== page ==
Write-in campaigns in South Carolina tend to be Quixotic exercises. Actually, that’s a charitable assessment. They typically don’t even qualify as exercises in futility – or at least they haven’t since 1954, when the late Strom Thurmond won a U.S. Senate seat in the Palmetto State as a write-in candidate.
As I noted in a recent article, though, there is a renewed focus on write-in voting in 2022 as South Carolinians grow increasingly perturbed by their conventional political choices … or more accurately the lack of political choice.
In the race for S.C. House District 2 in rural Oconee and Pickens counties, a write-in candidate is gaining traction against one of the longest-serving members of the results-challenged, “conservative” S.C. General Assembly.
Powerful S.C. labor, commerce and industry (LCI) committee chairman Bill Sandifer is the GOP nominee for this seat – which he has held since 1995. No Democrat filed to run – nor did any other Republican – meaning Sandifer was unopposed in the primary this spring and is unopposed on next week’s ballot.
Undeterred, Perry Smith – a blue collar worker from Oconee County – is mounting a surprisingly robust write-in campaign against the incumbent.
Branding himself as the “true conservative Republican” in this race, the 52-year-old manufacturing worker has been slamming Sandifer for his special interest servitude – namely the extent to which the incumbent has reflexively done the bidding of Charlotte, North Carolina-based power provider, Duke Energy.
Duke, incidentally, is currently sticking it to Palmetto State ratepayers – something which might have hurt Sandifer had anyone challenged him back in June.
Smith has also pounded Sandifer for his sponsorship of legislation pushed by AT&T that killed a high-speed internet network in Oconee.
“How much did they pay you to allow our citizens to be held behind?” Smith grilled Sandifer on social media recently. “I wonder how many high-paying jobs Oconee County would have today if you did not take it upon yourself to sponsor the bill that killed high-speed internet in our county for the past decade?”
As they say in the rough-and-tumble “First in the South” state … them’s fightin’ words.
But it’s also a substantive criticism given Sandifer’s servile suckling at the special interest teat …
Does Smith have a chance? Probably not … but the fact Sandifer and his allies have pivoted to the attack is telling. According to my sources, officials with the S.C. Republican Party (SCGOP) have engaged in some heavy-handed tactics against conservative activists in the area who are supporting the write-in candidate over Sandifer. These tactics have only escalated as Smith’s bid has gained momentum … and the closer we get to next week’s day of decision.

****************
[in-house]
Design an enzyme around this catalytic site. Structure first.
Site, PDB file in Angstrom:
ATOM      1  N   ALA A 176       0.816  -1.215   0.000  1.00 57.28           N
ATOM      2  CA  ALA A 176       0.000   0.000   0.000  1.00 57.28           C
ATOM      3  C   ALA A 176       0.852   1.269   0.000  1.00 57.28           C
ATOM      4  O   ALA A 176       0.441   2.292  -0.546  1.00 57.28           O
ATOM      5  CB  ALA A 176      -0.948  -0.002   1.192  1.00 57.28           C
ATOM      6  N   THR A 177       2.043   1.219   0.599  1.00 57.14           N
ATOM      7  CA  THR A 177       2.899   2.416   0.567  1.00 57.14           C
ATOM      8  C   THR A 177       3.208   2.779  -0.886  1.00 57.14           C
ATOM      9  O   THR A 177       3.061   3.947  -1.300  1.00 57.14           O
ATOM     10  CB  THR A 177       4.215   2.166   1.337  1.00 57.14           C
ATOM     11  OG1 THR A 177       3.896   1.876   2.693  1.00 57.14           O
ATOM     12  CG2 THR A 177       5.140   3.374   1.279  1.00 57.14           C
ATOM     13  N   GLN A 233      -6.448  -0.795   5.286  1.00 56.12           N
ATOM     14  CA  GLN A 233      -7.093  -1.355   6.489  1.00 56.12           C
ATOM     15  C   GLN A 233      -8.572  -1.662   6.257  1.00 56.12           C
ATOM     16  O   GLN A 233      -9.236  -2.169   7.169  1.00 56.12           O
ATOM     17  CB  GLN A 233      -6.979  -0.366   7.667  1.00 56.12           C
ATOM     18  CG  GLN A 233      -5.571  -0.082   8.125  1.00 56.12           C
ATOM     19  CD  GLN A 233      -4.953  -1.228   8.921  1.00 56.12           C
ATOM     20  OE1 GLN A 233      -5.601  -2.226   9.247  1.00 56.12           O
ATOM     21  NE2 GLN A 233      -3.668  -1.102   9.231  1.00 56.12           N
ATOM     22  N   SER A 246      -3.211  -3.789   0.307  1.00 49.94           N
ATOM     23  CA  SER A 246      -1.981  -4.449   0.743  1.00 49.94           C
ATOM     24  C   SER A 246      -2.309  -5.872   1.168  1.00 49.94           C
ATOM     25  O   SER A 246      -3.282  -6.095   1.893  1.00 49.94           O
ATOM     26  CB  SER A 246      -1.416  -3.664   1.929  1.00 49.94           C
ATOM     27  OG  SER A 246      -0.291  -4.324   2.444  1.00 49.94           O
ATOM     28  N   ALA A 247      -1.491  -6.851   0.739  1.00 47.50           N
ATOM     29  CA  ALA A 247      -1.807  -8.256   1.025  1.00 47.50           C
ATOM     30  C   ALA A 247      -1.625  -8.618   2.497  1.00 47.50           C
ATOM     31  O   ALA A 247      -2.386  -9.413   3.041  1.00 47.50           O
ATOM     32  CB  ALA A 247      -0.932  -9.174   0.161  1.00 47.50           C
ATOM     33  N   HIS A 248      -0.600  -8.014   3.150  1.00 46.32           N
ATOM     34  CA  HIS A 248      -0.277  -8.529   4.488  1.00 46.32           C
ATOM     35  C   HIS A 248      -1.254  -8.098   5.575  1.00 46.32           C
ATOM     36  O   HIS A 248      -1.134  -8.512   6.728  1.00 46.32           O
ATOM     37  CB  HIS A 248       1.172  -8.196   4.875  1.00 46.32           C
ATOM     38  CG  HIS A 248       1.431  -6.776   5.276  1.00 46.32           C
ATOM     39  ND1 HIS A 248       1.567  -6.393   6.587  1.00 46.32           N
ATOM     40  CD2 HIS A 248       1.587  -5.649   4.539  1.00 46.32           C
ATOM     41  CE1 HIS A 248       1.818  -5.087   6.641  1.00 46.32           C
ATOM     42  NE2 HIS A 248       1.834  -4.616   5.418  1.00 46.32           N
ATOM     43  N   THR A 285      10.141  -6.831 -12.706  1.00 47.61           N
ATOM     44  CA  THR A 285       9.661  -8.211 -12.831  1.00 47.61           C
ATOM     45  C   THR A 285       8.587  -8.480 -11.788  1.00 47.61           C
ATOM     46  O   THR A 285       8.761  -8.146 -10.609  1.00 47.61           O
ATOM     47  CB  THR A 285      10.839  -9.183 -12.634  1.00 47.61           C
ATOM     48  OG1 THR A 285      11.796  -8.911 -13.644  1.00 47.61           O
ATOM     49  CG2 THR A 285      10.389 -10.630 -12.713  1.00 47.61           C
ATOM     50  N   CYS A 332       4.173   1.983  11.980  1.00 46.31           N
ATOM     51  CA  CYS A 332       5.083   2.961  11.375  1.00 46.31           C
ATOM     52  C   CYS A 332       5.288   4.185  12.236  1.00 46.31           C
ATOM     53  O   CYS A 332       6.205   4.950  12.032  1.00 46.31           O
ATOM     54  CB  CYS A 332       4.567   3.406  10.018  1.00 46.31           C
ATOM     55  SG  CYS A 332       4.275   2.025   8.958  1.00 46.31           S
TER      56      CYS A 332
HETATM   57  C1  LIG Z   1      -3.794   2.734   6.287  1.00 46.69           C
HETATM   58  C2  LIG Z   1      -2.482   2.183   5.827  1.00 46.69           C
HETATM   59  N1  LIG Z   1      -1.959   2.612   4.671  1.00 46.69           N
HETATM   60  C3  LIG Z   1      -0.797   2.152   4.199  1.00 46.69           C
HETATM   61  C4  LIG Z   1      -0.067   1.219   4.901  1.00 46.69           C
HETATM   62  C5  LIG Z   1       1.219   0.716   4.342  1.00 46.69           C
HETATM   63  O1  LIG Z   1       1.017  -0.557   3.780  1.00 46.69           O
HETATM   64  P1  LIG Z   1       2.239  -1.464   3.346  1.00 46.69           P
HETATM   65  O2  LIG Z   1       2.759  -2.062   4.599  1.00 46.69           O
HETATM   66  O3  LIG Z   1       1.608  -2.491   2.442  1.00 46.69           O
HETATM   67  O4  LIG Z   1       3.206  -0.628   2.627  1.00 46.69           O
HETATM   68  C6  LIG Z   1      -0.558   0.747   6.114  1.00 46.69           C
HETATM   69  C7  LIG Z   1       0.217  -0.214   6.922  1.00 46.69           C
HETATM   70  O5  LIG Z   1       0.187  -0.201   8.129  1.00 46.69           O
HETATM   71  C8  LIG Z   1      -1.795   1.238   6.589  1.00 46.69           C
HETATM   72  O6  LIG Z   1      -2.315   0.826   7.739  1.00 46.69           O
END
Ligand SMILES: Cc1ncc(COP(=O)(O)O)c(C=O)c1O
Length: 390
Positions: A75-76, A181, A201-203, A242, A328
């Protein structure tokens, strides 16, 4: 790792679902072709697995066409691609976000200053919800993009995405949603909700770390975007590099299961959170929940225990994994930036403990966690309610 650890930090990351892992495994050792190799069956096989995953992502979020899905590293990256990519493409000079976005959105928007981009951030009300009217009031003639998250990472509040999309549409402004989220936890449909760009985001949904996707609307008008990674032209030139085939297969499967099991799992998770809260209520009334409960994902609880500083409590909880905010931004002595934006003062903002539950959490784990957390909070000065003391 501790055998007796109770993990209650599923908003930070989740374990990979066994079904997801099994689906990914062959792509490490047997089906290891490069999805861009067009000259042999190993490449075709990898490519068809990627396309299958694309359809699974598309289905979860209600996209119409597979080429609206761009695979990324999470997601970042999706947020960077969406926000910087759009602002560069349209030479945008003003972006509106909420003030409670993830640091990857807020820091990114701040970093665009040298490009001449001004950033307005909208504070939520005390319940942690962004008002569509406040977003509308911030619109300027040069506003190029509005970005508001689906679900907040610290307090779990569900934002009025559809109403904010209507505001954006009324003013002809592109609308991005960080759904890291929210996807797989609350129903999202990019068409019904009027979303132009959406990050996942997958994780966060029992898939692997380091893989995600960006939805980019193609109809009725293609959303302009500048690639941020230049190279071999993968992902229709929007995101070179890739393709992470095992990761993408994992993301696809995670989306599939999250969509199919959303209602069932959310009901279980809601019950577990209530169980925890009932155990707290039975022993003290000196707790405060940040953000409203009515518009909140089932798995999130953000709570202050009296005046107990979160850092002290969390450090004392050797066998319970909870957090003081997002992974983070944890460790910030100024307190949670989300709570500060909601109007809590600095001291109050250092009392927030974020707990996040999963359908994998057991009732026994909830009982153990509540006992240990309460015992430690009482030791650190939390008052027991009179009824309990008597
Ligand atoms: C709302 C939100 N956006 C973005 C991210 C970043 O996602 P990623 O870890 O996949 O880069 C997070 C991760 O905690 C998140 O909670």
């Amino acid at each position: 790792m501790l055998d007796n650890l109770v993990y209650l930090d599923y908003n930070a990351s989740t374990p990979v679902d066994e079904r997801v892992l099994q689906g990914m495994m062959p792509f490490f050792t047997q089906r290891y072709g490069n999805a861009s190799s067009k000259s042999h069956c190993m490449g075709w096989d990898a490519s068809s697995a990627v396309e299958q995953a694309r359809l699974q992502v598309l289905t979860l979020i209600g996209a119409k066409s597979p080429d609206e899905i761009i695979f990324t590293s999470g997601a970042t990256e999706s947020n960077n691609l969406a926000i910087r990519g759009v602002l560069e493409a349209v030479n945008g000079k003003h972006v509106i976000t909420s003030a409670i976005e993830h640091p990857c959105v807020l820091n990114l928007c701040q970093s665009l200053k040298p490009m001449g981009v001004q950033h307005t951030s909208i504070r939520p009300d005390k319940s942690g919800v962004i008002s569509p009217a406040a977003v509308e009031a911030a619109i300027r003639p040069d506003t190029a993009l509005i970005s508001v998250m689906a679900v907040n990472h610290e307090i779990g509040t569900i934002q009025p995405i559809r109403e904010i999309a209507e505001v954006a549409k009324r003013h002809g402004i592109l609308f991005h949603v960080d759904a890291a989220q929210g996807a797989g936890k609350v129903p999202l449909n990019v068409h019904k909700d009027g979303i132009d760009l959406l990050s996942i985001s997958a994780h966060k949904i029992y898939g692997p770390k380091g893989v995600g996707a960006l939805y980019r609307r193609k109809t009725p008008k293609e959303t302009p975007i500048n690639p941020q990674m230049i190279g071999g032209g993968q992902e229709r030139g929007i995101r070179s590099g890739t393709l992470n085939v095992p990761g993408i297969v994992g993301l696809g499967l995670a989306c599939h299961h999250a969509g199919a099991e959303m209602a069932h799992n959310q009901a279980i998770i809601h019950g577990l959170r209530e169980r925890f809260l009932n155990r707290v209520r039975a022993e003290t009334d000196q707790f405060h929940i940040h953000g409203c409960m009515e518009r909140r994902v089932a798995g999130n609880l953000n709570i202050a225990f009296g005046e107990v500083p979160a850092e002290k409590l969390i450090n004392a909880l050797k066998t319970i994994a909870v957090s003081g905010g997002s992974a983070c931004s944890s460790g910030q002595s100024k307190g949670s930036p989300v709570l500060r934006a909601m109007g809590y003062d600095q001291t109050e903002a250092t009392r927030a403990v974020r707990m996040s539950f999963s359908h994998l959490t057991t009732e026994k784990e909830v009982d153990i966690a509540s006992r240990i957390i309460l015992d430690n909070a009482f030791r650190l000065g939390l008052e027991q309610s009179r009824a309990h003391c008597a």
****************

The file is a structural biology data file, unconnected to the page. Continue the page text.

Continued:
Again, Smith is highly unlikely to defeat Sandifer as a write-in candidate. Far too many South Carolina voters pull the straight ticket lever for that too happen … and write-in candidates almost never have the resources to get their names and platforms out to voters.
It will be interesting to see how close Smith can get, though … and whether his candidacy fuels a credible primary challenge to Sandifer in the 2024 primary cycle. It will also be interesting to see whether the anti-Duke messaging being employed against Sandifer – which is factoring in several North Carolina races – gains momentum.
Sources familiar withe the Duke drama tell me a major, organized push is envisioned on this front in the coming election cycle …
As a reminder, anyone who wants to vote write-in should follow these simple instructions, according to the S.C. Election Commission (SCVotes.gov):
A candidate’s name may be written in by touching the “write-in” space under the appropriate office. When the “write-in” space is touched, a “write-in” screen appears featuring a touchscreen keyboard. The voter types the name of the candidate using the keyboard and presses “accept” when finished. When accept is touched, the screen returns to the ballot, and the candidate’s name that was entered will appear under the appropriate office.
Keep it tuned to FITSNews on election night for the latest on this contest and other races featuring write-in candidates …
ABOUT THE AUTHOR …
Will Folks is the founding editor of the news outlet you are currently reading. Prior to founding FITSNews, he served as press secretary to the governor of South Carolina. He lives in the Midlands region of the state with his wife and seven children.
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